As it is very toxic and potentially lethal, it is important to find out how methanol is formed and how it is regulated. If we understand formation, we can control formation. If we understand the norms and regulations, we’ll learn what to aim for.

How is methanol made?

Methanol is made by yeast that is stressed out a bit. It is a byproduct of fermentation. Especially hotter fermentations, can create the environment for yeast to produce methanol. Theoretically, this makes perfect sense, as methanol is a low boiling point alcohol. Low bp alcohols are generally the result of elevated fermentation temperatures.

Methanol is also made from wood sugars. If wood particles, or pectins, are present during fermentation, the sugars in the wood particles will be turned into equal amounts of ethanol and methanol. The more wood-like organics are present, during fermentation, the more methanol will be formed.

Stone fruits have a lot of pectins and fruit brandies are therefore usually high on methanol content. Grains have much, much lower amounts of pectins, so we’d expect the whiskies, that we’ll test later on, to score better.

Methanol: norms and regulations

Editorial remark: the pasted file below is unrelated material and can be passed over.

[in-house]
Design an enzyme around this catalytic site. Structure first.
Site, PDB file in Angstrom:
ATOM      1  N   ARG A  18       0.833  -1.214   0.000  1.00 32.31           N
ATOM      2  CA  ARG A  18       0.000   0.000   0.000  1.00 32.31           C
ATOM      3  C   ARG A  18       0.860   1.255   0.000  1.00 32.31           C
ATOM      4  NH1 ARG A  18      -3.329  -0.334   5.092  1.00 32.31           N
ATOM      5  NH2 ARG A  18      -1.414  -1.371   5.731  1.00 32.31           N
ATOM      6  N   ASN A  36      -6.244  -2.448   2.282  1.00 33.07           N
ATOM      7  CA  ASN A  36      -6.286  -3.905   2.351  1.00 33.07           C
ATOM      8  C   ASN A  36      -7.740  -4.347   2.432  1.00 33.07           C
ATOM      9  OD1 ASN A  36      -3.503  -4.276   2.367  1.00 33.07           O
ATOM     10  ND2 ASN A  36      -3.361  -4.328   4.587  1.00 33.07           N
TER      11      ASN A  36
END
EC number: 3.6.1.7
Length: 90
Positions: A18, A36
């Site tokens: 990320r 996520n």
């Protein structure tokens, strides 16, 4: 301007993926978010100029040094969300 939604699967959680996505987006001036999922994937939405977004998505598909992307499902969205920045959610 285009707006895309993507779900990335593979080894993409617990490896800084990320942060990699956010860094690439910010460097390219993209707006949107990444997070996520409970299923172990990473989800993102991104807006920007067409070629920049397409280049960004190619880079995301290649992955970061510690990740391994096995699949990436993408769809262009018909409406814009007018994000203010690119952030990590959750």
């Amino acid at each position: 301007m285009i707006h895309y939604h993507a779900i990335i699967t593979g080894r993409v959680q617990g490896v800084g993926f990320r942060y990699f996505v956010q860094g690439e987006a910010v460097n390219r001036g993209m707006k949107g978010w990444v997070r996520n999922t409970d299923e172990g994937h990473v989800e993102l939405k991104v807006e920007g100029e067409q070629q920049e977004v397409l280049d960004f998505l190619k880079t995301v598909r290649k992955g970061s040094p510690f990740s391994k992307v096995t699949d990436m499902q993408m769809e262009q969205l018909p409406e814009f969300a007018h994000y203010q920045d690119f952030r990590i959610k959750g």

The European Union regulates methanol for brandies, grappa’s, and fruit brandies. And on GNS, vodka, and London Dry Gin. Not on whisky, though. But the Australians and New Zealanders do, so we’ll take their numbers as the norm. Craft distillers and iStill customers can be found around the globe, not just in the EU.

Here you go. Maximum methanol count, in parts per million, for specific spirit categories:

  • London Dry Gin: 50 ppm (EU-norms);
  • Vodka: 100 ppm (EU-norms);
  • GNS: 300 ppm (EU-norms);
  • Whisky: 400 ppm (AS/NZS-norms);
  • Brandy: 2,000 ppm (EU-norms);
  • Fruit brandy: 10,000 ppm (EU-norms).

For more information on norms and regulations, also from North America and China, please see:

https://meridian.allenpress.com/jfp/article/80/3/431/174918/A-Comprehensive-Review-of-Spirit-Drink-Safety

Predictions